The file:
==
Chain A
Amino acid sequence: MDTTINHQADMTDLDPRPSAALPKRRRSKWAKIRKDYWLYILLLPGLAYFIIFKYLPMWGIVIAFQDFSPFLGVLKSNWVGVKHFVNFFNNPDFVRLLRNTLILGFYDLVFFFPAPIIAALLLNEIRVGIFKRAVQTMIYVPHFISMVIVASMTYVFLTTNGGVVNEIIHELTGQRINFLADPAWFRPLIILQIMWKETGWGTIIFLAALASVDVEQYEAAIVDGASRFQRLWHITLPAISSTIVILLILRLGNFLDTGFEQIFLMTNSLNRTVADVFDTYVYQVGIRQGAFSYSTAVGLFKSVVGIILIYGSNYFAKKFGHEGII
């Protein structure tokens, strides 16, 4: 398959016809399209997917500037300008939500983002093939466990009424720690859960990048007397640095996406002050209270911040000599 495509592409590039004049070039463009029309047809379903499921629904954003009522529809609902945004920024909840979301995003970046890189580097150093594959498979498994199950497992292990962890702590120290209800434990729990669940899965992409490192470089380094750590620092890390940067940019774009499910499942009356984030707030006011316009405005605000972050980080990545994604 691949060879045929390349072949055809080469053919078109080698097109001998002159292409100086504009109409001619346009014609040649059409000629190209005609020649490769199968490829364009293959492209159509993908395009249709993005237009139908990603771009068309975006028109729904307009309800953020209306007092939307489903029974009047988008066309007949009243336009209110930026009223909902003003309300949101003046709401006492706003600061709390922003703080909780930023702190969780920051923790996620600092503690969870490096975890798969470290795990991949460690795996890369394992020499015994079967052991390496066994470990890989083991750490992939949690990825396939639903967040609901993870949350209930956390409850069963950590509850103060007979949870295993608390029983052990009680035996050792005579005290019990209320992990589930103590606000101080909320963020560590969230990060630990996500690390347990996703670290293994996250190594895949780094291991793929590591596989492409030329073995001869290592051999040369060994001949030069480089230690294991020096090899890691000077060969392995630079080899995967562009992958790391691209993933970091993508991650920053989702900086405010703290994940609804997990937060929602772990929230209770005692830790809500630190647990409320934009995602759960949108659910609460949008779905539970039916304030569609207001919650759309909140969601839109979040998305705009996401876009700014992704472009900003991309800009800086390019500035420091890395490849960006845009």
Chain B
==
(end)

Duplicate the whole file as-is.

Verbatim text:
Chain A
Amino acid sequence: MDTTINHQADMTDLDPRPSAALPKRRRSKWAKIRKDYWLYILLLPGLAYFIIFKYLPMWGIVIAFQDFSPFLGVLKSNWVGVKHFVNFFNNPDFVRLLRNTLILGFYDLVFFFPAPIIAALLLNEIRVGIFKRAVQTMIYVPHFISMVIVASMTYVFLTTNGGVVNEIIHELTGQRINFLADPAWFRPLIILQIMWKETGWGTIIFLAALASVDVEQYEAAIVDGASRFQRLWHITLPAISSTIVILLILRLGNFLDTGFEQIFLMTNSLNRTVADVFDTYVYQVGIRQGAFSYSTAVGLFKSVVGIILIYGSNYFAKKFGHEGII
């Protein structure tokens, strides 16, 4: 398959016809399209997917500037300008939500983002093939466990009424720690859960990048007397640095996406002050209270911040000599 495509592409590039004049070039463009029309047809379903499921629904954003009522529809609902945004920024909840979301995003970046890189580097150093594959498979498994199950497992292990962890702590120290209800434990729990669940899965992409490192470089380094750590620092890390940067940019774009499910499942009356984030707030006011316009405005605000972050980080990545994604 691949060879045929390349072949055809080469053919078109080698097109001998002159292409100086504009109409001619346009014609040649059409000629190209005609020649490769199968490829364009293959492209159509993908395009249709993005237009139908990603771009068309975006028109729904307009309800953020209306007092939307489903029974009047988008066309007949009243336009209110930026009223909902003003309300949101003046709401006492706003600061709390922003703080909780930023702190969780920051923790996620600092503690969870490096975890798969470290795990991949460690795996890369394992020499015994079967052991390496066994470990890989083991750490992939949690990825396939639903967040609901993870949350209930956390409850069963950590509850103060007979949870295993608390029983052990009680035996050792005579005290019990209320992990589930103590606000101080909320963020560590969230990060630990996500690390347990996703670290293994996250190594895949780094291991793929590591596989492409030329073995001869290592051999040369060994001949030069480089230690294991020096090899890691000077060969392995630079080899995967562009992958790391691209993933970091993508991650920053989702900086405010703290994940609804997990937060929602772990929230209770005692830790809500630190647990409320934009995602759960949108659910609460949008779905539970039916304030569609207001919650759309909140969601839109979040998305705009996401876009700014992704472009900003991309800009800086390019500035420091890395490849960006845009």
Chain B